March 12, 大中华彩票app下载安装 · 0 Comments
New purpose-built rental units are often cited as a missing piece of Aurora’s housing puzzle, but a proposed new development on Wellington Street West might help fill some of the gaps.
Sitting at the Committee level last week, Council signed off on a zoning bylaw amendment that could help pave the way for nearly 60 new rental units at 145 and 147 Wellington Street West. If ratified by Council later this month, the next phase of the planning process will begin.
Property owners have proposed a new infill development on a site which is already 大中华彩票app下载安装 to two multi-unit residential buildings. The plan is for 53 new rental townhouse units to be built to complement of the existing buildings.
“When this application was originally submitted to the Town [there were] 64 units to be constructed on the site,” T.J. Cieciura, Principal Planner and President of Starlight Investment, told Council last week. “The new proposal, as revised through the process, and after extensive consultation with the public, has been revised down to 53 new townhouse dwellings, in addition to the existing apartment units, for a total of 260 units that would be on site.”
The proposal has been subject to significant public input, recently hitting the table during the Public Planning process where nearby residents – some of whom live in the existing buildings – spoke out about the impact the development might have on the surrounding community as well as the parking situation for those who might be displaced during the construction process.
A total of 295 parking spaces have been proposed for the completed development, which Mr. Cieciura said represents a single parking space for every residential unit and .1 visitor parking spaces per unit. In the meantime, proponents of the development said they were close to striking a deal with the nearby Christ Evangelical Lutheran Church on Wellington Street West, located approximately 400 metres from the building site, where they would be allowed to erect temporary parking on their large lawn.
“This shows the majority of our tenants will be able to park on site during construction,” said Mark Chemi of Starlight Investments at the same meeting,” noting that some parking spaces will be available where they currently sit, allocated to residents based on mobility, children, and additional factors. “We have to go through our tenant list at the time of construction, which won’t be for another year, but anyone who has mobility needs will [be able to stay on site].”
In making their pitch, the Starlight representatives underscored the benefits their proposal will bring to Aurora.
“Rental housing is something that is needed in Ontario and in Aurora,” said Mr. Cieciura. “This is an important project and this, to our knowledge, is the only purpose-built rental project that we’re aware of in Aurora that will ultimately add to the range and mix of housing in the neighbourhood.”
Added Mr. Chemi: “We are asking for Council to approve the rezoning application today. I think everyone in the room is aware that Aurora is a great place to live and is a very desirable place to live. Our site benefits from location to many amenities, access to transit, proximity to downtown and great schools. However, there is a lack of rental supply in Aurora and this will bring some [badly needed] units.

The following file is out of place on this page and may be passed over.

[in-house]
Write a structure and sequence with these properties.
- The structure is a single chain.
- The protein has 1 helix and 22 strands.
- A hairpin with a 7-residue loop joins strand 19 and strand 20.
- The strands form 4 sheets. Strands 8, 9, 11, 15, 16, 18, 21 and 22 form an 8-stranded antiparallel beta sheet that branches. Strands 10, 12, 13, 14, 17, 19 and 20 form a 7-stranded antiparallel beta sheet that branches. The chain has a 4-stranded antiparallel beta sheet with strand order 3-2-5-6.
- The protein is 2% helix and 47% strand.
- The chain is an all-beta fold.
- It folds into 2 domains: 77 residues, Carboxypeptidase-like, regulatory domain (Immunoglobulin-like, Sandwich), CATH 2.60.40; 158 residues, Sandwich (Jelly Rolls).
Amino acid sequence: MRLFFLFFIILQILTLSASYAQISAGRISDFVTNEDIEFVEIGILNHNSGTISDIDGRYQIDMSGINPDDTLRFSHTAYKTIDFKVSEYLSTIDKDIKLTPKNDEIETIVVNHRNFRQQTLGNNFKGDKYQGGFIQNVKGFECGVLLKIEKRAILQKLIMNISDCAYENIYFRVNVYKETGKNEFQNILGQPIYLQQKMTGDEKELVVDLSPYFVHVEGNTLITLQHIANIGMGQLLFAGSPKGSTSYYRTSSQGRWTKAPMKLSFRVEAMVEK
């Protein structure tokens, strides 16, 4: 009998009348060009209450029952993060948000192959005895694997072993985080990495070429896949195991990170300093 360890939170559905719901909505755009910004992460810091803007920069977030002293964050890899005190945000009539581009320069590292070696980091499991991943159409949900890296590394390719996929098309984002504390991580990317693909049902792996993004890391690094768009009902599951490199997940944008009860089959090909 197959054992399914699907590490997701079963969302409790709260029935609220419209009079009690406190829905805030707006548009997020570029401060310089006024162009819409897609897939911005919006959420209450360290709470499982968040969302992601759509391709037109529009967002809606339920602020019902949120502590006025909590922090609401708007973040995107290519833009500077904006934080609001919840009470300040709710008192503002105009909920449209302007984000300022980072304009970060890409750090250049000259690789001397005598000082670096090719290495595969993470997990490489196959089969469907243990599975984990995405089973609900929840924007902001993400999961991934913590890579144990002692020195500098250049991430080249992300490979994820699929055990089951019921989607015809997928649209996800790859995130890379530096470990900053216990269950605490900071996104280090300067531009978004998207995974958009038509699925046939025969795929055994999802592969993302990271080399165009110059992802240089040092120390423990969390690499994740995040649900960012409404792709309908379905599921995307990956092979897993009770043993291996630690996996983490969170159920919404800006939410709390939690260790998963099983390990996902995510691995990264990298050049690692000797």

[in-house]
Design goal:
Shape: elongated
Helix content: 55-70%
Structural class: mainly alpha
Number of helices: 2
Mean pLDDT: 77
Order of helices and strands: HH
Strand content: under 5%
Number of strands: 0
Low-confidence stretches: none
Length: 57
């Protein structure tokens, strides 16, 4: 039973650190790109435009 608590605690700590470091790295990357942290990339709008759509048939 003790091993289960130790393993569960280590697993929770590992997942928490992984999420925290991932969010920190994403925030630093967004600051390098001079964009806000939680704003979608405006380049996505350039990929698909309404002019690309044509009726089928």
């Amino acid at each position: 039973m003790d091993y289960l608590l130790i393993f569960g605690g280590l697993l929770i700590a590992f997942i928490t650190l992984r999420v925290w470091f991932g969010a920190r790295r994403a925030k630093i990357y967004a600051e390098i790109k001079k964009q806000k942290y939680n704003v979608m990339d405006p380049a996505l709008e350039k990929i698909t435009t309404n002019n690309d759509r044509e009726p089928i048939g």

“We will continue to work in the community, with our neighbours, with our tenants throughout construction if we are approved tonight.”
While that approval ultimately came at the Committee level, the nearly two-dozen community members who sat in Council Chambers last week to hear Council’s tentative verdict were less than pleased when they left following the decision.
Indeed, Council’s approval came with some reluctance as well.
“This has been a long process and it started in last term that we have been dealing with this one,” said Mayor Tom Mrakas. “I think every step of the way we have been asking the applicant to look at basically some things that are concerning to the residents and to this Council. I think, so far, every step they have come back and they have kind of answered those concerns; maybe not to the best that we would like to see, but ultimately we all need to understand – and we have pointed this out to the residents and to each other sitting here – that there is an appeals process, there is LPAT (Local Planning and Appeals Tribunal), and I know with purpose-built rentals, if this Council was to say no, you’re going to go to LPAT, LPAT will overturn that decision I guarantee in a second, and all we would do is just waste tax dollars.
“So, when you look at it, it is always about how do we work with the applicant to get the best for our community and for the residents in the area? While it might not be the most ideal, I think, at the end of the day, they have answered a lot of those questions, they have provided us with a solution to offsite parking. Like I said, it might not be the most ideal, but I think this is the best thing for our Town as an overall solution.”
Councillor Sandra Humfryes offered a similar viewpoint, reaffirming her commitment to getting answers on behalf of impacted residents.
“We heard the residents loud and clear,” she said, suggesting the establishment of a “hotline” to streamline communications for any concerns between residents, the municipality and developers, “to make sure we listen to all the issues and complaints moving forward [and] do our best to understand that as we move forward.”
By Brock Weir